Date published: 
9 April 2020
Media event date: 
9 April 2020
Media type: 
Transcript
Audience: 
General public

MADELEINE MORRIS:

Now, let's return to our coverage of coronavirus in Australia. The latest development — the country has recorded its 51st death, a 76 year old man in South Australia. And as we head into this Easter weekend we're being urged to stay at home.

For the latest advice and information, we're joined now by Deputy Chief Medical Officer, Dr Nick Coatsworth, who's in Canberra. Good morning to you. Why is so important…

DR NICK COATSWORTH:

Good morning.

MADELEINE MORRIS:

…for people to stay at home this Easter?

DR NICK COATSWORTH:

Well, it's critically important that we continue the great work we've been doing. Staying at home this Easter. We know this is a religious observance time, it's a holiday time and an important time for families. It's going to be very different this year.

We know that in other countries where coronavirus has spread rampantly it's been associated with holiday seasons where there's been a lot of travel of people, mixing of people, and households coming together.

We can have none of those things this Easter unfortunately. And so, whatever we do needs to be done with our own family in our own home, and use the internet liberally to communicate so that we can maintain that social connection.

MADELEINE MORRIS:

Luckily we've got the internet. But look, we are starting to hear a little bit of pressure, a little bit of talk about when some of these measures can be lifted. We heard the New South Wales Premier talking about how they're going to be reviewing their data once a month.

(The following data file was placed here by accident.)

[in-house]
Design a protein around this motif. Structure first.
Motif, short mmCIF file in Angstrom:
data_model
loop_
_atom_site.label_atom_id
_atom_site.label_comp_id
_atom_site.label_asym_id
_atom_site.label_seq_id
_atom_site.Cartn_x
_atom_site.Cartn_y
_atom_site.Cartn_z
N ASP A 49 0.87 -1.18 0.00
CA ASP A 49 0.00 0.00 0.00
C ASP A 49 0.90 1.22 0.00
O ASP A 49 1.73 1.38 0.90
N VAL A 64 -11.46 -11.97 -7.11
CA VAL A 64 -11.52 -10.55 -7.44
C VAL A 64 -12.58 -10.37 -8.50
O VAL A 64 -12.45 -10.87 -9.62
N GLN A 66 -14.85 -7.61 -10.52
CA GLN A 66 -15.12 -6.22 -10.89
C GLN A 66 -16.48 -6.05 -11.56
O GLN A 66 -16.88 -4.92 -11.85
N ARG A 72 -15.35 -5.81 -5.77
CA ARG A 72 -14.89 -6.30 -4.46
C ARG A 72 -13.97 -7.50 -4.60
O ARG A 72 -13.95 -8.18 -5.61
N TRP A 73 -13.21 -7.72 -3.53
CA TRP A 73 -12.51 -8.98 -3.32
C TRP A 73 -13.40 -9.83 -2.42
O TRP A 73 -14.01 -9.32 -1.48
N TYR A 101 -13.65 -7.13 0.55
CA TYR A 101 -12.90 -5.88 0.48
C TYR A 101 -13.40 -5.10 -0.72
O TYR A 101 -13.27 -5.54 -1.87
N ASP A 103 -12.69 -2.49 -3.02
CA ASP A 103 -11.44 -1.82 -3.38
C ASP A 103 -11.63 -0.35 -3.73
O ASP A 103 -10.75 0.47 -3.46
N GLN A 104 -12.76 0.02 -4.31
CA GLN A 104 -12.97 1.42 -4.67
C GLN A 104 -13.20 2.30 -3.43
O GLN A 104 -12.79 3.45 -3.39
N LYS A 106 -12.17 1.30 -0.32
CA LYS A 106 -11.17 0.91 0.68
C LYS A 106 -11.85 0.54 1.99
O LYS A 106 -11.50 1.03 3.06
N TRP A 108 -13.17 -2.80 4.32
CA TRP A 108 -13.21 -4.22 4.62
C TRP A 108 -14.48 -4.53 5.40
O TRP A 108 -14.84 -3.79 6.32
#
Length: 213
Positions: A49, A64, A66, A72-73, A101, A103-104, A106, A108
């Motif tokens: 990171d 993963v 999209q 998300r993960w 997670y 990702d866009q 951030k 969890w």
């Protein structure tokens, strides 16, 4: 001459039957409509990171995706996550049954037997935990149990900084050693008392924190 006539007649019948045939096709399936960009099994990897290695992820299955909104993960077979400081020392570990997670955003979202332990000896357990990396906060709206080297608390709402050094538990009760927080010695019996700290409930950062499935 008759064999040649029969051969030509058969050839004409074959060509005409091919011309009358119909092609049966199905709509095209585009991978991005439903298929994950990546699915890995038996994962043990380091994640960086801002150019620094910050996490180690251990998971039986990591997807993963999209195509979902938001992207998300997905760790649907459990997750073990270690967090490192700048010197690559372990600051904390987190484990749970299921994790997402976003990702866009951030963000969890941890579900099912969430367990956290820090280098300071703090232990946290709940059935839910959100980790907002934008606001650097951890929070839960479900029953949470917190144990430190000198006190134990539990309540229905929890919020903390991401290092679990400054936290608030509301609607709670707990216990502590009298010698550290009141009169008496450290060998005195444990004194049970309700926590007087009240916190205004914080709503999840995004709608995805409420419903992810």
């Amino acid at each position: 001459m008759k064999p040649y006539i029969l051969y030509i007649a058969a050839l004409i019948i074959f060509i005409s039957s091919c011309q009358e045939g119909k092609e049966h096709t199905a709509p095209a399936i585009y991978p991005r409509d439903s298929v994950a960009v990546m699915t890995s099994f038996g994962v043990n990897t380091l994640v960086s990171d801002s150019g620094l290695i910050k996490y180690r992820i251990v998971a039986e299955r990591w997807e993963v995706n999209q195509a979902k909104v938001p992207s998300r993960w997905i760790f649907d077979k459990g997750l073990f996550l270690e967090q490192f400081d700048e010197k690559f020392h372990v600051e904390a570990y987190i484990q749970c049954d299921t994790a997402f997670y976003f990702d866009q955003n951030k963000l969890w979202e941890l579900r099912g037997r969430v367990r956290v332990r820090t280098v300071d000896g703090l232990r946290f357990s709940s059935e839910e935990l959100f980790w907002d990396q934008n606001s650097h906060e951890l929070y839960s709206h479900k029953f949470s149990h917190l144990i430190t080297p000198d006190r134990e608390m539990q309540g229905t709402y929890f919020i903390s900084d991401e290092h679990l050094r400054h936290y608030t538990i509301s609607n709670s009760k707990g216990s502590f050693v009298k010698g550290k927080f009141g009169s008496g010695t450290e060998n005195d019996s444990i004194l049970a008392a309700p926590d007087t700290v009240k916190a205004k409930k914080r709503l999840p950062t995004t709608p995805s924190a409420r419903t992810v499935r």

From a Commonwealth perspective, when do you think — it's the question we all want answered — that when we can have some of these really very difficult measures lifted?

DR NICK COATSWORTH:

I can completely understand where that pressure is coming from. We have asked Australians to do extraordinary things to flatten the curve. The curve flattens and so the logical question is: when are we going to see those restrictions lifted?

The problem is though that COVID-19 is in our community. The curve has flattened because we've been very good at reducing the number of travel cases. But if we do relax at this critical point in time one of those cases in the community — someone who doesn't know they have coronavirus — they can potentially spread to 400 people in a situation where we don't have control.

So, we have control and we've got to keep control. And once we've suppressed the virus and then we can move towards considering a release and a restoration of what is closer to our normal life...

MADELEINE MORRIS:

Well, I suppose...

DR NICK COATSWORTH:

…but I would say that that is still weeks away.

MADELEINE MORRIS:

Week- okay. Alright. Weeks away. I just want to talk to you about some numbers then, Dr Coatsworth, because we heard the Health Minister, when those numbers came out, say that the modelling, initially a best case scenario, was that we were going to have 11 per cent growth rates — we're now at around 2.

We really squashed that curve. Is there a number of daily growth rates in infection that you are looking at, where we could start to see some of that lifting? Is there a particular number that you're thinking of? Or is it not that simple?

DR NICK COATSWORTH:

Well, it's not quite that simple, because there'll be a number of elements that feed into it. But what we really need to know is what our local data in Australia tells us about how the virus is behaving.

So now that we've got 6,000 cases, we can feed that into the models and we can get that magic basic reproductive number, which is how many cases of coronavirus result from any single individual person.

We've been using our models based on basic reproductive numbers from Wuhan and around the world. Now, we can find out our own and once we know that number in the coming weeks that will be very informative with the plans in the future.